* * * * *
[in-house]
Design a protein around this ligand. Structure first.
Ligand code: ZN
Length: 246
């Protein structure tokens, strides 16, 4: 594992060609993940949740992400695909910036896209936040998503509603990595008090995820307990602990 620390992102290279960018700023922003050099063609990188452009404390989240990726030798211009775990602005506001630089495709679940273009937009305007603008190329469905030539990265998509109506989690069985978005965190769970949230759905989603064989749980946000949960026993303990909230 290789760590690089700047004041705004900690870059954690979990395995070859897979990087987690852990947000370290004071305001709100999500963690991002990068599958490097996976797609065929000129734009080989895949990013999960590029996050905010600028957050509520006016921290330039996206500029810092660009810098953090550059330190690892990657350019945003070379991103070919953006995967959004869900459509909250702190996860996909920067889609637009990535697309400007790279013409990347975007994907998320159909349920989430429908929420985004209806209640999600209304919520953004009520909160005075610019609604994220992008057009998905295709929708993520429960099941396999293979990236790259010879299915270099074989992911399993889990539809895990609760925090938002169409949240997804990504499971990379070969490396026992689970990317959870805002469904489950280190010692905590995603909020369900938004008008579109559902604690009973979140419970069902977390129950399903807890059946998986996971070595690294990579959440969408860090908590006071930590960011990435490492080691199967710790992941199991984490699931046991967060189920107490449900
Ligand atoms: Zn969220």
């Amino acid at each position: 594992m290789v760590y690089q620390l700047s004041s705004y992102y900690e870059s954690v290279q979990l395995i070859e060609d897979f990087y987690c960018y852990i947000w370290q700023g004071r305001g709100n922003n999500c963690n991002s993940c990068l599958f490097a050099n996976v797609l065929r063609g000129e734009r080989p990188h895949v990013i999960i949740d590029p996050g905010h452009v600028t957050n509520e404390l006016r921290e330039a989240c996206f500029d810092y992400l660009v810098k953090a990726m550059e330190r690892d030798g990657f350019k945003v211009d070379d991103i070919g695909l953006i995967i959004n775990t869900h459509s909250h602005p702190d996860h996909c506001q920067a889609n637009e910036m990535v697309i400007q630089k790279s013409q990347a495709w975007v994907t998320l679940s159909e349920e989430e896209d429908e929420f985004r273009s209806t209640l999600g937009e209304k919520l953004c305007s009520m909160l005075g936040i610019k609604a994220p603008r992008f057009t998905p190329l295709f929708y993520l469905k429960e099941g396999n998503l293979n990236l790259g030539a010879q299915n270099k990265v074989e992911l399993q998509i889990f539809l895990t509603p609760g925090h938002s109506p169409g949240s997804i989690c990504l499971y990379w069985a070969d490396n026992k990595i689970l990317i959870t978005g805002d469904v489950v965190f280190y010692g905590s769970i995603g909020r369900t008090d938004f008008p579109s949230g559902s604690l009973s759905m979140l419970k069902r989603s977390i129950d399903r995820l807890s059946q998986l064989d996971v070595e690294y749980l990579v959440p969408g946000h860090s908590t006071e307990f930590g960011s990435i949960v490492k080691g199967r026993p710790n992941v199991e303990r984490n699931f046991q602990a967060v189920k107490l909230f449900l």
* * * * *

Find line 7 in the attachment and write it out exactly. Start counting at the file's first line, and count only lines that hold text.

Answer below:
């Amino acid at each position: 594992m290789v760590y690089q620390l700047s004041s705004y992102y900690e870059s954690v290279q979990l395995i070859e060609d897979f990087y987690c960018y852990i947000w370290q700023g004071r305001g709100n922003n999500c963690n991002s993940c990068l599958f490097a050099n996976v797609l065929r063609g000129e734009r080989p990188h895949v990013i999960i949740d590029p996050g905010h452009v600028t957050n509520e404390l006016r921290e330039a989240c996206f500029d810092y992400l660009v810098k953090a990726m550059e330190r690892d030798g990657f350019k945003v211009d070379d991103i070919g695909l953006i995967i959004n775990t869900h459509s909250h602005p702190d996860h996909c506001q920067a889609n637009e910036m990535v697309i400007q630089k790279s013409q990347a495709w975007v994907t998320l679940s159909e349920e989430e896209d429908e929420f985004r273009s209806t209640l999600g937009e209304k919520l953004c305007s009520m909160l005075g936040i610019k609604a994220p603008r992008f057009t998905p190329l295709f929708y993520l469905k429960e099941g396999n998503l293979n990236l790259g030539a010879q299915n270099k990265v074989e992911l399993q998509i889990f539809l895990t509603p609760g925090h938002s109506p169409g949240s997804i989690c990504l499971y990379w069985a070969d490396n026992k990595i689970l990317i959870t978005g805002d469904v489950v965190f280190y010692g905590s769970i995603g909020r369900t008090d938004f008008p579109s949230g559902s604690l009973s759905m979140l419970k069902r989603s977390i129950d399903r995820l807890s059946q998986l064989d996971v070595e690294y749980l990579v959440p969408g946000h860090s908590t006071e307990f930590g960011s990435i949960v490492k080691g199967r026993p710790n992941v199991e303990r984490n699931f046991q602990a967060v189920k107490l909230f449900l």